New and expanded efforts to reduce greenhouse gases, most notably carbon dioxide, have been making headlines globally on a daily basis for a while now. Canada’s energy industry has been increasingly contributing to that newsfeed this year, with two large projects announced in Alberta that will capture, use, and sequester large volumes of CO2 generated from the oil sands as well as other sources of oil and gas production in Western Canada. In today’s blog, we review the emissions profile of the Canadian oil and gas sector and discuss two of the largest carbon capture, use, and sequestration projects announced to date.
Significantly reducing greenhouse gas emissions is an all-hands-on-deck kind of thing. More wind power? More solar? Electric vehicles? Yes, yes, and yes. Another great way to slash GHGs is to use man-made or “anthropogenic” carbon dioxide for enhanced oil recovery. EOR is an extraordinarily efficient way to permanently store CO2 deep underground. And today, the economics for EOR are being turned on their head — in a good way. For decades, the acquisition of CO2 has been a significant cost for EOR operators, requiring volumes to be produced from natural geological formations and then to be pumped to the oil fields where the CO2 is used. But things are changing. Now companies are planning to spend big bucks to capture and dispose of their CO2, meaning they may be paying someone to get rid of it. And if they pay, that flips CO2 from an operator cost to a revenue stream. The implications are profound, with operators historically motivated to use CO2 as efficiently as possible set to morph their operations to use as much CO2 as can be safely sequestered. In today’s blog, we continue our series on CO2-based EOR by looking at the coming transition in CO2/EOR economics.
Appetite for new North American LNG export capacity had been waning already when COVID-19 brought it to a screeching halt. The global gas market was expected to be well-oversupplied through the mid-2020s as U.S. liquefaction capacity additions, combined with supply growth from Australian LNG projects, were far outpacing any increase in demand. However, the past year or so has proven how quickly things can swing from oversupplied to undersupplied. The extended run of high global gas prices is bringing renewed interest in expanding North American LNG export capacity. Although COVID dashed the prospects of many LNG projects, a handful have emerged from the morass of the past year stronger and with a clearer path to FID than ever before. Those that remain will be better positioned if they can navigate four emerging trends that are key for offtaker agreements in the post-COVID era: shorter contract terms, increased pricing or deal-structure diversity, reduced environmental impact, and a prioritization of brownfield expansions or phased greenfield projects. Today, we conclude the series on the status of the second wave of LNG projects.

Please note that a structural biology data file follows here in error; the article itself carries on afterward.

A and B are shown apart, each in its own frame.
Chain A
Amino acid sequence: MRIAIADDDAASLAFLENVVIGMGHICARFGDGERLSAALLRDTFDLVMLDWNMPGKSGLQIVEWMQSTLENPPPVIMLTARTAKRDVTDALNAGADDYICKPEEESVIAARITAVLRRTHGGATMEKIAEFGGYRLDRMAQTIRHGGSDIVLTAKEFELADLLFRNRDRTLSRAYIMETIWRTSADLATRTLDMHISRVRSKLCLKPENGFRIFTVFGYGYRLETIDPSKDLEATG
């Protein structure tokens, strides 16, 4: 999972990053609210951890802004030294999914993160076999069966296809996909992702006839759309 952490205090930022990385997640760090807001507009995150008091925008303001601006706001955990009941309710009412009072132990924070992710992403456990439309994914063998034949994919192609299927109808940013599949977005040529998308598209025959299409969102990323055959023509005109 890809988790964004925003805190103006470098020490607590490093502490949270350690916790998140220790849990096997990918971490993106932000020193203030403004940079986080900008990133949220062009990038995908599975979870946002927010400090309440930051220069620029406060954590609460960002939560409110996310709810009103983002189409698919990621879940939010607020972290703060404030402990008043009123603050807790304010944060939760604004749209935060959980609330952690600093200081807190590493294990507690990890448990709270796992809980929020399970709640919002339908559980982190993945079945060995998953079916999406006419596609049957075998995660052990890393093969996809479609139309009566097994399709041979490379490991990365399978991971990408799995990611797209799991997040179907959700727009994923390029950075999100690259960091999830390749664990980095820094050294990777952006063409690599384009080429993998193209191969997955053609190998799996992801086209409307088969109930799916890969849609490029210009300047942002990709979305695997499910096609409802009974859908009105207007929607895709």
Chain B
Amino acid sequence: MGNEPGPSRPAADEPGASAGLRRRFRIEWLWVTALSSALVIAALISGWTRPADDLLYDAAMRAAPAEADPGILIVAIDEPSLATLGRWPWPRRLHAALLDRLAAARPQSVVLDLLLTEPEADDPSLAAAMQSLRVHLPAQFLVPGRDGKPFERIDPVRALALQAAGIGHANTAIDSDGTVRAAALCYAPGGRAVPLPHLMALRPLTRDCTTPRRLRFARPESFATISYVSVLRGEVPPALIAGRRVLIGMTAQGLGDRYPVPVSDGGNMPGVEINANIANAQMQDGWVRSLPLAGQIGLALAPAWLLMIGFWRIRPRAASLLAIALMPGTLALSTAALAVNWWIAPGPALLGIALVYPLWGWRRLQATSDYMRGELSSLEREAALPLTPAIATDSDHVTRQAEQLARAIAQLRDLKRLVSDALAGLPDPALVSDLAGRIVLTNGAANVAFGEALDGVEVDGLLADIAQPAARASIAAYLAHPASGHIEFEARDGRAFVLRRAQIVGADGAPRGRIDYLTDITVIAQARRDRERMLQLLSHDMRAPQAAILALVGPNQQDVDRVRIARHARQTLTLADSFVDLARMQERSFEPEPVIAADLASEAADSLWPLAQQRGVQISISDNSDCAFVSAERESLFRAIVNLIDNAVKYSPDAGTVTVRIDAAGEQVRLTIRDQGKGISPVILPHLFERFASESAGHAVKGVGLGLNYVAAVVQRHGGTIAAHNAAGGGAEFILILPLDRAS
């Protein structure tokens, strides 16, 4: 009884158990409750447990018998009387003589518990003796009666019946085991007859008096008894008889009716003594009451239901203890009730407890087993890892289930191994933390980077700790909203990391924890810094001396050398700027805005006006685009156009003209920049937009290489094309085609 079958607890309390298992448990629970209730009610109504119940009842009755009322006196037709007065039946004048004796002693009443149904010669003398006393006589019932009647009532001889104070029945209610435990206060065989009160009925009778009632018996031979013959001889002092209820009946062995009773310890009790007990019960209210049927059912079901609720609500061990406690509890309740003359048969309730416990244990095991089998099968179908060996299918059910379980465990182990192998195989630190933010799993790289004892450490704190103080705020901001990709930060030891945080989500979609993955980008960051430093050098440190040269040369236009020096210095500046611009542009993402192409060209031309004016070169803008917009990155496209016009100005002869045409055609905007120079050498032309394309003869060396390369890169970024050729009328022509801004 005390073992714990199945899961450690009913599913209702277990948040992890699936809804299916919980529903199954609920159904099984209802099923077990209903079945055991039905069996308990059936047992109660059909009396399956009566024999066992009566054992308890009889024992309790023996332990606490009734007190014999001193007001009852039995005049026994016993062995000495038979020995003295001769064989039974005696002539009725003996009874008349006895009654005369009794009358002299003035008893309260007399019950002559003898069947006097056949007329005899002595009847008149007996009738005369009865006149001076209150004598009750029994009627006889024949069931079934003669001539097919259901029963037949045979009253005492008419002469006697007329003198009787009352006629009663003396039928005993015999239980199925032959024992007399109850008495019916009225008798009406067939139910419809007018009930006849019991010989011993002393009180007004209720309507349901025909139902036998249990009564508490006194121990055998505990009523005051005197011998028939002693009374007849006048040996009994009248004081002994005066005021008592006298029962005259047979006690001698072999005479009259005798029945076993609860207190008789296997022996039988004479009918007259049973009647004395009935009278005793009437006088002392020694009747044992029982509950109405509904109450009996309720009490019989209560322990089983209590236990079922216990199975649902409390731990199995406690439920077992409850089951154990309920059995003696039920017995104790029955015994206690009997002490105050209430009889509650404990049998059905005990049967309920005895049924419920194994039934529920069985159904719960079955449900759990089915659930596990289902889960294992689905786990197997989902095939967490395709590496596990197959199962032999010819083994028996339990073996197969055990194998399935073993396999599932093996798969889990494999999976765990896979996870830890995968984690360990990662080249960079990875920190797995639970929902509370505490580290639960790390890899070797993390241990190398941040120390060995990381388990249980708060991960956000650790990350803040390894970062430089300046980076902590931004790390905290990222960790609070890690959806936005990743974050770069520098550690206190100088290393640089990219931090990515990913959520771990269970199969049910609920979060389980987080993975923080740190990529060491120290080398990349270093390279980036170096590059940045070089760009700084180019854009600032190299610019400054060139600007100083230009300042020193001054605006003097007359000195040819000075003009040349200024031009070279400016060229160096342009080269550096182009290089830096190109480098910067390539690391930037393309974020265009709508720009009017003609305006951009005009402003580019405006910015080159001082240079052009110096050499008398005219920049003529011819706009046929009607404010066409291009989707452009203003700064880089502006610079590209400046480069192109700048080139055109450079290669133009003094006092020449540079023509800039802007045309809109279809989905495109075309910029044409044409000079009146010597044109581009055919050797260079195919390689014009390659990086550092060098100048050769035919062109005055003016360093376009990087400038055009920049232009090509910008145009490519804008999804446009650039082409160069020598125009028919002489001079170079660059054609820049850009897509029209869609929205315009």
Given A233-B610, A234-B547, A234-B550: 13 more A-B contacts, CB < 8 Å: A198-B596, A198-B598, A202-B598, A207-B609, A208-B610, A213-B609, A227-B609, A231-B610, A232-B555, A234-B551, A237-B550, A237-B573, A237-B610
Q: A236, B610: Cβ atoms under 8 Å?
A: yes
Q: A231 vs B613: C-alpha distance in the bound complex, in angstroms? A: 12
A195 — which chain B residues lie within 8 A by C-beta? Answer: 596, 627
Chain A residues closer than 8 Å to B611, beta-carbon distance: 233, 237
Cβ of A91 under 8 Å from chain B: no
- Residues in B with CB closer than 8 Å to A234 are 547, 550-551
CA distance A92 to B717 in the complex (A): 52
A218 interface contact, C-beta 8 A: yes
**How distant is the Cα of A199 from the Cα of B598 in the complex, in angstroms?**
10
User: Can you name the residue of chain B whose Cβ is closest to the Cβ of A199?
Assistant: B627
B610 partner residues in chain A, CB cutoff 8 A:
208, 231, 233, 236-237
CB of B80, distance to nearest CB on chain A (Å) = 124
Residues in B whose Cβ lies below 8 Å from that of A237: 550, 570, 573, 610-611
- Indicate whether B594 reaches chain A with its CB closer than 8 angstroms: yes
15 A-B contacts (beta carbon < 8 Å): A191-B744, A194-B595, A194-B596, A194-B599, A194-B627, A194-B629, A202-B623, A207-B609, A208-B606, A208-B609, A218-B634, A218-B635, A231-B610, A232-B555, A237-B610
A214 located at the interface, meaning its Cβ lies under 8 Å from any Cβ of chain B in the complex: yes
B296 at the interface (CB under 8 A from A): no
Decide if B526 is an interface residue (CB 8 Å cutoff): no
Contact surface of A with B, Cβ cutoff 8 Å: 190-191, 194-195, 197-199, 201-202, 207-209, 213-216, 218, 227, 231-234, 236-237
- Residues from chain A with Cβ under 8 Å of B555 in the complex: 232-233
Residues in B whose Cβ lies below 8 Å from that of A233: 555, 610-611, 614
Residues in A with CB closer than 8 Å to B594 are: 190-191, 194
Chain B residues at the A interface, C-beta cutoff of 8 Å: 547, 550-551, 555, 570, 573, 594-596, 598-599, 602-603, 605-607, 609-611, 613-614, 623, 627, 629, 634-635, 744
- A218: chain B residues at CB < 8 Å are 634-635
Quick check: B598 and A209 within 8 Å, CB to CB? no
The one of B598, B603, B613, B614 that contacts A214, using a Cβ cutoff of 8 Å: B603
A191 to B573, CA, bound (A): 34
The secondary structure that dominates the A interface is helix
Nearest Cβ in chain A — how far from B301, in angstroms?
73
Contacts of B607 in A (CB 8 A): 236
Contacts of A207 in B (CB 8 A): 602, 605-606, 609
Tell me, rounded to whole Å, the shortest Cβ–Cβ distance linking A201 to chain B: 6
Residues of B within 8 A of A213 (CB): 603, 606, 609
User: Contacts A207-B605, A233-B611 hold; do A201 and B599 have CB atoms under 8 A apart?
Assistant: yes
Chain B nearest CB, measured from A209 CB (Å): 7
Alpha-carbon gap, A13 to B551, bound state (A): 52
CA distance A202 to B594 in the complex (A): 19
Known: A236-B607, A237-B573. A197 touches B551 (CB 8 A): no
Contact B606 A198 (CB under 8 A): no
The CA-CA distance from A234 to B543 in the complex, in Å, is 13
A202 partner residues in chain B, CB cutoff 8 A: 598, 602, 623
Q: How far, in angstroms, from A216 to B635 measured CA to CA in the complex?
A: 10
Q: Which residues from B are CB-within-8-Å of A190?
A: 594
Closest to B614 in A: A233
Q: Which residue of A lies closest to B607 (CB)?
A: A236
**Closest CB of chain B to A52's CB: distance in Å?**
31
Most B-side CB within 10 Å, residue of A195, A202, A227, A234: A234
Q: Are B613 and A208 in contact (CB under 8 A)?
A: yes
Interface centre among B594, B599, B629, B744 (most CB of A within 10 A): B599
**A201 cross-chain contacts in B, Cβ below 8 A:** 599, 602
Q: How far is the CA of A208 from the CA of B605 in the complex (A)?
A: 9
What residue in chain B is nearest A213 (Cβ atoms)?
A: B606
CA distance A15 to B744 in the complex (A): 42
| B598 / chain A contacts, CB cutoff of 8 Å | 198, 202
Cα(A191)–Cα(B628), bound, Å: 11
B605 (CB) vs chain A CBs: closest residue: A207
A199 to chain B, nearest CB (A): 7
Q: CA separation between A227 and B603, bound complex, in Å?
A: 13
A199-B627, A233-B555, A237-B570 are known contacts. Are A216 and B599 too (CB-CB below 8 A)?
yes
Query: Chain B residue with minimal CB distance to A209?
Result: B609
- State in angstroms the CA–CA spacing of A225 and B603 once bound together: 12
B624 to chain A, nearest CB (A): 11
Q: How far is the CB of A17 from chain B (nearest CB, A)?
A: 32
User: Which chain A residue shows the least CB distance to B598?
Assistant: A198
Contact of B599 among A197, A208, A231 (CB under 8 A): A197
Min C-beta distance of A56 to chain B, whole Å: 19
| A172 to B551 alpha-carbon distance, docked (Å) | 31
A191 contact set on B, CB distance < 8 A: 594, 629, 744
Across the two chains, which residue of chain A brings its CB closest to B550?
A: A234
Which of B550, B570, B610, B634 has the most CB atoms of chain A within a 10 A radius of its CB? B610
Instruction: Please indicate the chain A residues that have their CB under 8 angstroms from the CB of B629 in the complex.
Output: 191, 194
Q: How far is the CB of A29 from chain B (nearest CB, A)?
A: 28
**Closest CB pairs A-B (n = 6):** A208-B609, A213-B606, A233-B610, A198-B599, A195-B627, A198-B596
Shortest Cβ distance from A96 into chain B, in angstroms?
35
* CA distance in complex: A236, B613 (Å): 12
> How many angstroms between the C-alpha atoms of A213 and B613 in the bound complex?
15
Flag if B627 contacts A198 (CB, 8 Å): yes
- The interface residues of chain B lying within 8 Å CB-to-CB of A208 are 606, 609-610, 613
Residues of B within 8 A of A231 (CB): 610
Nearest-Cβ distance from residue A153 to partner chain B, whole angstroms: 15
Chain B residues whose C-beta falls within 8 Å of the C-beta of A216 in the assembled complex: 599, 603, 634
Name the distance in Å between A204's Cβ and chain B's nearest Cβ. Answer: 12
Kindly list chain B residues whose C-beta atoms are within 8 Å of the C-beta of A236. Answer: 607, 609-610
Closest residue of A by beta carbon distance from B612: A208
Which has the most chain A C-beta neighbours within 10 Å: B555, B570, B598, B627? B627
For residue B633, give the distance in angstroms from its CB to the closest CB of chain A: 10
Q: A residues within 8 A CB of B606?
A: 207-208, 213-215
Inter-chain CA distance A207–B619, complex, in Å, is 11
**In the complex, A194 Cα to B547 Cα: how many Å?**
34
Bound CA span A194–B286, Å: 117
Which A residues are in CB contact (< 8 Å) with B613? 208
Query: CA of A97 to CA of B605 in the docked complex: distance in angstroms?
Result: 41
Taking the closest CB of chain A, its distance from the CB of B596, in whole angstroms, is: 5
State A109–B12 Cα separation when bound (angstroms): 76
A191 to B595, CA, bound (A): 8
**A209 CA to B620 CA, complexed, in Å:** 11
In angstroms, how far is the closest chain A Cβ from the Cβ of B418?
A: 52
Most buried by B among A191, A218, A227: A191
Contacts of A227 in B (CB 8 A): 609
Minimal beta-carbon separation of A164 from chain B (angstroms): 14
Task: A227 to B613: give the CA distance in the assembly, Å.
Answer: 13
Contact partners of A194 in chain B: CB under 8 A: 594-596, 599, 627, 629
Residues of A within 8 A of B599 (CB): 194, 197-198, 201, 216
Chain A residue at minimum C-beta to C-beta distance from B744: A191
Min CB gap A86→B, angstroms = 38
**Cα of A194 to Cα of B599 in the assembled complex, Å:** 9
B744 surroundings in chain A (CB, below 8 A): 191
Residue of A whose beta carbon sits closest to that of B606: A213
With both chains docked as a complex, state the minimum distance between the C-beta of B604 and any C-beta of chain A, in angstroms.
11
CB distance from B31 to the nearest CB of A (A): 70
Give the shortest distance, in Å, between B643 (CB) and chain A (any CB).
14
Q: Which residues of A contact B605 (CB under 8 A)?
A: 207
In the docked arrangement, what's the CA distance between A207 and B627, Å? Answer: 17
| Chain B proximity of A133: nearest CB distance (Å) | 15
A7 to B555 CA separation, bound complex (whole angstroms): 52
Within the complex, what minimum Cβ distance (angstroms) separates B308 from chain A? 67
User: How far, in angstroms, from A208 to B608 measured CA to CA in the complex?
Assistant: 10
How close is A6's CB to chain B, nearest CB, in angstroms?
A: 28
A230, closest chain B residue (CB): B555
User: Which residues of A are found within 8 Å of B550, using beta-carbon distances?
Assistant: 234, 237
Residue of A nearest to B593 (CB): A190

In the world of public equities, nothing speaks relevance like a PowerPoint slide in the earnings call and conference decks that companies put together for analysts and investors. If a topic’s not important, then it probably didn’t “make the deck” — or even the appendix, for that matter. As consultants, we at RBN are familiar with this concept and we’ve been watching for some time to see just how long it would take hydrogen, one of our favorite recent subjects, to make its way into the slide-deck line-ups at some of the largest energy companies. Well, that time has arrived, with two energy stalwarts prominently featuring 2021’s darling subject over the last few days. However, with a new topic comes a need to put things in context. No problem, we are here to help on that. Today, we continue our series on H2 with a look at some recent hydrogen-focused slides from ExxonMobil and Enterprise Products Partners.